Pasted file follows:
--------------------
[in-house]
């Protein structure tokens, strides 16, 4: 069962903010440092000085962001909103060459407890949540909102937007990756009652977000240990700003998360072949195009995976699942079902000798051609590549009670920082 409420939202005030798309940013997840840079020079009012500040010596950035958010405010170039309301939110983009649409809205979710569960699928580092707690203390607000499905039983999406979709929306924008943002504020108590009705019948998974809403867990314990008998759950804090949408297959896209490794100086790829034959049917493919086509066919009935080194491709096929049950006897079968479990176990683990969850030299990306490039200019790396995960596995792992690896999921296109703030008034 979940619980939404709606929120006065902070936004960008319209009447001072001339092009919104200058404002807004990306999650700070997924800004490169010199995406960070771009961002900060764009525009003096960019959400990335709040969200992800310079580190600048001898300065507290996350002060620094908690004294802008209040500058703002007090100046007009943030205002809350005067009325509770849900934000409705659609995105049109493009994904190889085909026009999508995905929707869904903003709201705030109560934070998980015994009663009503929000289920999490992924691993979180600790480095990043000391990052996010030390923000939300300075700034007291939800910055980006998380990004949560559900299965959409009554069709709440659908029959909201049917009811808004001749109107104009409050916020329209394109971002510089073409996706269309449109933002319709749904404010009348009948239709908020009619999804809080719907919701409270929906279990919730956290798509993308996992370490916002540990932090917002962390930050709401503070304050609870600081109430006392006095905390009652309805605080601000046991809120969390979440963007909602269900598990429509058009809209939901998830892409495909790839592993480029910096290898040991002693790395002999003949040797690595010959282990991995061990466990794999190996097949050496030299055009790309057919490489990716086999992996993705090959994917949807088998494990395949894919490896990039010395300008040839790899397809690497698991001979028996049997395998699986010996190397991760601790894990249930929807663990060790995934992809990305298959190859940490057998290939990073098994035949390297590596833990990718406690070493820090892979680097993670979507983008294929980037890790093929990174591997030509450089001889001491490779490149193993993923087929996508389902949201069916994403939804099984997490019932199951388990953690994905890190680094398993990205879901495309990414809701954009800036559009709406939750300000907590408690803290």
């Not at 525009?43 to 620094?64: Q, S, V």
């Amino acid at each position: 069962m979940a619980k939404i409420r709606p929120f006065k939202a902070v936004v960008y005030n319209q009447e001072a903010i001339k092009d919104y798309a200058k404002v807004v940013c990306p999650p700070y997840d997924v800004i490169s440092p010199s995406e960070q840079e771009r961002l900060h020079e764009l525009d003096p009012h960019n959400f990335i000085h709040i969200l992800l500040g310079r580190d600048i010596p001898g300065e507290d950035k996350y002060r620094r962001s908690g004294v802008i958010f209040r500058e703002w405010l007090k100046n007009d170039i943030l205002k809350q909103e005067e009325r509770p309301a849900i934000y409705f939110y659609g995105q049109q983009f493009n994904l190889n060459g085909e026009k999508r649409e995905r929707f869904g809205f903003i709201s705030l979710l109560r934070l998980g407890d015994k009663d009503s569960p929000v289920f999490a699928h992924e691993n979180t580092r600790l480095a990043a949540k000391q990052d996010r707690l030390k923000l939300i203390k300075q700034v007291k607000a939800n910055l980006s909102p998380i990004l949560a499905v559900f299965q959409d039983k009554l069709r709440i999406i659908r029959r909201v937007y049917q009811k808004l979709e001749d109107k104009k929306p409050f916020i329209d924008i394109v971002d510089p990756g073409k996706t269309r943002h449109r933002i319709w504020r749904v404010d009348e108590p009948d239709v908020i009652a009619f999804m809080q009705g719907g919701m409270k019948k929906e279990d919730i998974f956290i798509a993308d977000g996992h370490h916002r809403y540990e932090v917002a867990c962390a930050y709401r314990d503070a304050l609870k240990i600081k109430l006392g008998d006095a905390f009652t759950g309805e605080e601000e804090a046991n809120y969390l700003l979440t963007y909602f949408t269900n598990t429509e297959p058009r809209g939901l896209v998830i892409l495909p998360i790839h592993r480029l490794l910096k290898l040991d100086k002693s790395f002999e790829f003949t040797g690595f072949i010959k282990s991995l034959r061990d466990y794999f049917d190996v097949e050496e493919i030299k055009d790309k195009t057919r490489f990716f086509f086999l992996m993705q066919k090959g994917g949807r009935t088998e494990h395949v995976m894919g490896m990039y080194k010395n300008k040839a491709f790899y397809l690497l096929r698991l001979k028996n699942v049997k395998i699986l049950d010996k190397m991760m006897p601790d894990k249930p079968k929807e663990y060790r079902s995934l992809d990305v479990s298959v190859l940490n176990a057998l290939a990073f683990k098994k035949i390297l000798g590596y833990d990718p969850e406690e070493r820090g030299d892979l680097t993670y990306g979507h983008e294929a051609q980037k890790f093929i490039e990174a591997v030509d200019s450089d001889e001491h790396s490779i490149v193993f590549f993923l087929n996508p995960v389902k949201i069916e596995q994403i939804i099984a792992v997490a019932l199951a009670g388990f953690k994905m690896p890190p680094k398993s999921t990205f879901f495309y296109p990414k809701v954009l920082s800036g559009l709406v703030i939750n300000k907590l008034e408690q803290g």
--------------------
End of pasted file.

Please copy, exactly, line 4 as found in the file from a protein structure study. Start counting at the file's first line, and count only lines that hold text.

């Amino acid at each position: 069962m979940a619980k939404i409420r709606p929120f006065k939202a902070v936004v960008y005030n319209q009447e001072a903010i001339k092009d919104y798309a200058k404002v807004v940013c990306p999650p700070y997840d997924v800004i490169s440092p010199s995406e960070q840079e771009r961002l900060h020079e764009l525009d003096p009012h960019n959400f990335i000085h709040i969200l992800l500040g310079r580190d600048i010596p001898g300065e507290d950035k996350y002060r620094r962001s908690g004294v802008i958010f209040r500058e703002w405010l007090k100046n007009d170039i943030l205002k809350q909103e005067e009325r509770p309301a849900i934000y409705f939110y659609g995105q049109q983009f493009n994904l190889n060459g085909e026009k999508r649409e995905r929707f869904g809205f903003i709201s705030l979710l109560r934070l998980g407890d015994k009663d009503s569960p929000v289920f999490a699928h992924e691993n979180t580092r600790l480095a990043a949540k000391q990052d996010r707690l030390k923000l939300i203390k300075q700034v007291k607000a939800n910055l980006s909102p998380i990004l949560a499905v559900f299965q959409d039983k009554l069709r709440i999406i659908r029959r909201v937007y049917q009811k808004l979709e001749d109107k104009k929306p409050f916020i329209d924008i394109v971002d510089p990756g073409k996706t269309r943002h449109r933002i319709w504020r749904v404010d009348e108590p009948d239709v908020i009652a009619f999804m809080q009705g719907g919701m409270k019948k929906e279990d919730i998974f956290i798509a993308d977000g996992h370490h916002r809403y540990e932090v917002a867990c962390a930050y709401r314990d503070a304050l609870k240990i600081k109430l006392g008998d006095a905390f009652t759950g309805e605080e601000e804090a046991n809120y969390l700003l979440t963007y909602f949408t269900n598990t429509e297959p058009r809209g939901l896209v998830i892409l495909p998360i790839h592993r480029l490794l910096k290898l040991d100086k002693s790395f002999e790829f003949t040797g690595f072949i010959k282990s991995l034959r061990d466990y794999f049917d190996v097949e050496e493919i030299k055009d790309k195009t057919r490489f990716f086509f086999l992996m993705q066919k090959g994917g949807r009935t088998e494990h395949v995976m894919g490896m990039y080194k010395n300008k040839a491709f790899y397809l690497l096929r698991l001979k028996n699942v049997k395998i699986l049950d010996k190397m991760m006897p601790d894990k249930p079968k929807e663990y060790r079902s995934l992809d990305v479990s298959v190859l940490n176990a057998l290939a990073f683990k098994k035949i390297l000798g590596y833990d990718p969850e406690e070493r820090g030299d892979l680097t993670y990306g979507h983008e294929a051609q980037k890790f093929i490039e990174a591997v030509d200019s450089d001889e001491h790396s490779i490149v193993f590549f993923l087929n996508p995960v389902k949201i069916e596995q994403i939804i099984a792992v997490a019932l199951a009670g388990f953690k994905m690896p890190p680094k398993s999921t990205f879901f495309y296109p990414k809701v954009l920082s800036g559009l709406v703030i939750n300000k907590l008034e408690q803290g």